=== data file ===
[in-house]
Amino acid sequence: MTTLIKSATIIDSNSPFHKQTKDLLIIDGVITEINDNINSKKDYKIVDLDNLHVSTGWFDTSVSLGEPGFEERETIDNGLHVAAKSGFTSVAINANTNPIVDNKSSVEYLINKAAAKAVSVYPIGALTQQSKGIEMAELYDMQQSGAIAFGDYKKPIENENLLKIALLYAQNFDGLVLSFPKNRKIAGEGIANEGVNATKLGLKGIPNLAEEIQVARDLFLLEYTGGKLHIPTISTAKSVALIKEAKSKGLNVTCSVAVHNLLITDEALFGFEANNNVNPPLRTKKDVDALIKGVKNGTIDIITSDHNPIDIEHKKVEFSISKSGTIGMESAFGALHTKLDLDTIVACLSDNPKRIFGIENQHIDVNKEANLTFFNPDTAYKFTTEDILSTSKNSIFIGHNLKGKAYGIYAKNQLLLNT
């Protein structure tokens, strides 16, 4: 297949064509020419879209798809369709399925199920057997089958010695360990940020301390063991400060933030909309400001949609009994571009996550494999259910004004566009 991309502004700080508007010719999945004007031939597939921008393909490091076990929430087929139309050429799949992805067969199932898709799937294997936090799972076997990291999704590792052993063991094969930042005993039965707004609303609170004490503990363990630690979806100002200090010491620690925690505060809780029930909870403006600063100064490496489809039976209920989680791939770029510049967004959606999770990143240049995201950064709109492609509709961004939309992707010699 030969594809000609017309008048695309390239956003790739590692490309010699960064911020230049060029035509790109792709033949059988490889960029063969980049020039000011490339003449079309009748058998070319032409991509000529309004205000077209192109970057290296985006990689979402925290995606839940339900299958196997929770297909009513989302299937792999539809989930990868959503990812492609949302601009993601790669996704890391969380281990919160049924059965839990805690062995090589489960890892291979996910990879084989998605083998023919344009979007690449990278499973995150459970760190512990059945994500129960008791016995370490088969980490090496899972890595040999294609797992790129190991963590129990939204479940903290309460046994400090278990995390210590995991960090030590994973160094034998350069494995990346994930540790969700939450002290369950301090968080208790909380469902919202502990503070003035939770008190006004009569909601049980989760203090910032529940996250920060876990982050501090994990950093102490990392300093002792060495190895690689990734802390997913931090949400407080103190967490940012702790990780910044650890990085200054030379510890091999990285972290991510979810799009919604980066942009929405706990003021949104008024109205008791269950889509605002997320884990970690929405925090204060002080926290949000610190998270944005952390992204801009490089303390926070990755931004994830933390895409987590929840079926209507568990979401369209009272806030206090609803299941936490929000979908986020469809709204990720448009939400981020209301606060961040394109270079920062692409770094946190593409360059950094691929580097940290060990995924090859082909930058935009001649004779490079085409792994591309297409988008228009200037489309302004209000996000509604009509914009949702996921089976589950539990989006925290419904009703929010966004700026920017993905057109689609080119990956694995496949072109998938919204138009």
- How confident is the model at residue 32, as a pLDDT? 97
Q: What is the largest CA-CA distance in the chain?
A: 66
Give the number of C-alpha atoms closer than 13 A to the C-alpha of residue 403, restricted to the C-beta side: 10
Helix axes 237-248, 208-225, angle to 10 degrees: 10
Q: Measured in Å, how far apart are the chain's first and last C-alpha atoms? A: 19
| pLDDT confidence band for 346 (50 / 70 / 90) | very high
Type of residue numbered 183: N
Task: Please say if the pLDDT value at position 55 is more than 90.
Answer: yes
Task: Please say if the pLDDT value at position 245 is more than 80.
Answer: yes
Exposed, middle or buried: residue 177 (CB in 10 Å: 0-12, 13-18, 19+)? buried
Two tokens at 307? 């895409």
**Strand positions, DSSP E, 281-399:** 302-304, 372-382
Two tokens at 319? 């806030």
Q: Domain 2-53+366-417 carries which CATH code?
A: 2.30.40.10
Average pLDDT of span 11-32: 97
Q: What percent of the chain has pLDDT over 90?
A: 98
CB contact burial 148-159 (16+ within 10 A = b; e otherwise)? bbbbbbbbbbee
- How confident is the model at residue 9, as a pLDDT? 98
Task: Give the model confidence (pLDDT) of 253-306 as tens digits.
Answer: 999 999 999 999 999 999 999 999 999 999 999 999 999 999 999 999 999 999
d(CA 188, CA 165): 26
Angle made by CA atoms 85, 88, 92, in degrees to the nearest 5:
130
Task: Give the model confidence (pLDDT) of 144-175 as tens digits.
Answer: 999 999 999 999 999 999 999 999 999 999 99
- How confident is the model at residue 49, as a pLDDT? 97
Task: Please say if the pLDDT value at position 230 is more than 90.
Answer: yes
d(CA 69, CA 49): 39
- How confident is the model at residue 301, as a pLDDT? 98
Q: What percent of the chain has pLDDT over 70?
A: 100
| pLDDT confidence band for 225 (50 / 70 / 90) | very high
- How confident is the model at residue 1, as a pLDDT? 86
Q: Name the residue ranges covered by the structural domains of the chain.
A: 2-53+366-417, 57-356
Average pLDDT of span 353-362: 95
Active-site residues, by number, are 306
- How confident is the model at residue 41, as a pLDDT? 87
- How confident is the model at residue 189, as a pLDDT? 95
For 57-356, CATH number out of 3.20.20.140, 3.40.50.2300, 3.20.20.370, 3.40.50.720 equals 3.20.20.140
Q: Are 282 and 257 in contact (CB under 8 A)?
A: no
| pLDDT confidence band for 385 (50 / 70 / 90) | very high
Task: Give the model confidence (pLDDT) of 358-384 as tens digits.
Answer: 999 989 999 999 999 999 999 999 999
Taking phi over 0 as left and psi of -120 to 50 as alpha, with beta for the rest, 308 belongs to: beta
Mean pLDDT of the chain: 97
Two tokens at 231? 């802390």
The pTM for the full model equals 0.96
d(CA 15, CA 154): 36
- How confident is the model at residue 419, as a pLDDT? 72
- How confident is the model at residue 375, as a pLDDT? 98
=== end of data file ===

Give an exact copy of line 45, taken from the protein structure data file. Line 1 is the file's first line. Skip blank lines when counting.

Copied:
Average pLDDT of span 353-362: 95